What Works Scotland is using a variety of approaches in Glasgow to grow the capacity to capture evidence and use it for insight and decision-making.
What Works Scotland is working on a number of research initiatives with different partners in Glasgow Community Planning Partnership (CPP) including the extensive, long-term initiative Thriving Places.
These projects use a variety of research approaches. For some we have used the collaborative action research approach.
For other projects we have used alternative methods to promote the use of evidence, and have produced an evaluability assessment, an evaluation report and a case study.
Collaborative action research
What Works Scotland research associate Richard Brunner, at the University of Glasgow, is leading the CAR work with Glasgow CPP through the following projects.
Generating case study evidence
The Case Study Development Group is a collaborative learning programme through which a group of officers could improve their skills in capturing Thriving Places outcomes using case study evidence.
The aim was for participants to conduct one or more case studies related to their own work in Thriving Places. This could evidence partnership working, community engagement, co-production, use of assets and more. The programme sought to develop the research skills of the participants and contribute evidence to each participating Thriving Place.
Evaluating participatory budgeting
With the support of What Works Scotland, the CPP partners developed a framework for evaluating the processes and outcomes of participatory budgeting.
This work generated a bespoke PB evaluation toolkit for Glasgow, which is now available for use and will be adapted and updated as necessary, building on the experiences of PB groups in Glasgow.
- Download Glasgow’s Participatory Budgeting Evaluation Toolkit
- See What Works Scotland’s insights into evaluating the impact of participatory budgeting
As part of the project the Group visited Paris, alongside representatives from Fife CPP, to draw on international learning.
- See the film about the Group’s visit Public service reform and participatory budgeting: How can Scotland learn from international evidence?
- See Group members’ insights in three blog posts about the study trip
Evaluability Assessment of Thriving Places principles and outcomes
In 2016 What Works Scotland supported CPP leaders and practitioners in Glasgow through an Evaluability Assessment process to help the CPP with its evaluation of Thriving Places principles and outcomes. The process included Peter Craig, University of Glasgow, who is the What Works Scotland lead on data and evaluation.
An evaluability assessment is a collaborative mechanism that enabled the CPP partners to develop and clarify the ‘theory of change’ that underpins Thriving Places. Now it is completed, the CPP has a unified ‘theory of change’ for officers to use and a recommendation for evaluation.
Collaborative dissertations in Thriving Places
What Works Scotland has innovated a collaborative dissertation programme for health and social science Masters students. This has boosted connections between the University of Glasgow and the city’s East End and enhanced the evidence base in North East Glasgow’s Thriving Places areas.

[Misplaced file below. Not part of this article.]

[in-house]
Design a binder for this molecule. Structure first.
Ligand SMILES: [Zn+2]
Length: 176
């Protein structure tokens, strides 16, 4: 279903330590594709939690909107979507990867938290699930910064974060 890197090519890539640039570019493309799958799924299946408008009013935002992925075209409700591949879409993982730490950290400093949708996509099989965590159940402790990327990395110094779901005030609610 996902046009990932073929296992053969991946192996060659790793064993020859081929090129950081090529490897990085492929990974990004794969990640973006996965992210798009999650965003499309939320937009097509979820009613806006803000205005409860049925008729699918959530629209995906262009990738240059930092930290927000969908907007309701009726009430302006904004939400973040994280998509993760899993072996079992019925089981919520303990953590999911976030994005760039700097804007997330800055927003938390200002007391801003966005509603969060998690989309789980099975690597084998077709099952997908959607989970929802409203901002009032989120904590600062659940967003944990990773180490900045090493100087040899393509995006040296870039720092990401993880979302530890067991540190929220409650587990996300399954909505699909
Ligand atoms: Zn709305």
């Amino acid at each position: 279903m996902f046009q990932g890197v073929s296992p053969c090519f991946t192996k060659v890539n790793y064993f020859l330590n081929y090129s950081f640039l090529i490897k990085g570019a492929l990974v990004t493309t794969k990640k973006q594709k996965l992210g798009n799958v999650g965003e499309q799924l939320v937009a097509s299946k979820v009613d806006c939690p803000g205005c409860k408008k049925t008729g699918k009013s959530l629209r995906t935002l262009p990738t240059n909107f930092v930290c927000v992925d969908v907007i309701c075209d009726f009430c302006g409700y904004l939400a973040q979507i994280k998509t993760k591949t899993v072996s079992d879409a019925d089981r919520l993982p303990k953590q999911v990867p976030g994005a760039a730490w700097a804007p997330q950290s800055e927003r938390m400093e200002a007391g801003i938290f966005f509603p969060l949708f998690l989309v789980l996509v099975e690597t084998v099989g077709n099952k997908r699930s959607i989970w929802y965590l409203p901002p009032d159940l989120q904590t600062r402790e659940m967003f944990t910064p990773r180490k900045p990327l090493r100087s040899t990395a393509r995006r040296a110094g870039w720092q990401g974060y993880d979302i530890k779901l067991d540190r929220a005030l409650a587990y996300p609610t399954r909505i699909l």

What Works Scotland and our CPP partners from Thriving Places co-produced introductory seminars in 2015, 2016 and 2017 for Masters students interested in doing fieldwork in Thriving Places – some of the areas of highest deprivation in the city. At the seminars students could find out about Thriving Places and the collaborative dissertation opportunities and talk informally with the workers.
One collaborative dissertation was conducted in 2016 and five in 2017, each supervised by a University of Glasgow academic. Each student has also produced a lay summary of their research findings for use by Thriving Places and their host organisations.
Supporting community consultation
In 2015 What Works Scotland supported CPP partners in Parkhead and Dalmarnock Thriving Place to conduct and analyse a community consultation to inform the Thriving Places Action Plan.
Breakfast Club evaluation
In Parkhead and Dalmarnock, during 2015 to 2016, What Works Scotland collaborated on an evaluation on a primary school Breakfast Club. This has led to a new project involving the Robert Owen Centre for Educational Change at the University of Glasgow and the Glasgow Centre for Population Health focused on the concept of Children’s Neighbourhoods.
Operation Modulus case study
In Gorbals Thriving Place, What Works Scotland produced a case study of Operation Modulus, a gang violence reduction initiative demonstrating leadership, partnership and co-production in an area-based context. It has been published to inform other Glasgow CPP partners and public services Scotland-wide that are working to implement the principles of the Christie Commission.
A follow-up study on the implementation of Operation Modulus in Govan and Castlefern is currently under way.
Discover more about our approach to collaborative action research and the learning that is emerging from our work in multi-agency, multi-practitioner public service environments including Glasgow.
A working paper sharing the findings from the What Works Scotland programme of collaborative action research (CAR). The paper highlights learnings and insights that the researchers gained from facilitating CAR over three years (2015-2017) in the four community planning partnerships. The findings demonstrate that CAR has the potential to contribute to developing the practices of collaborative governance – partnership, participation, performance and prevention – by constructively and critically engaging with current policy and practice expectations.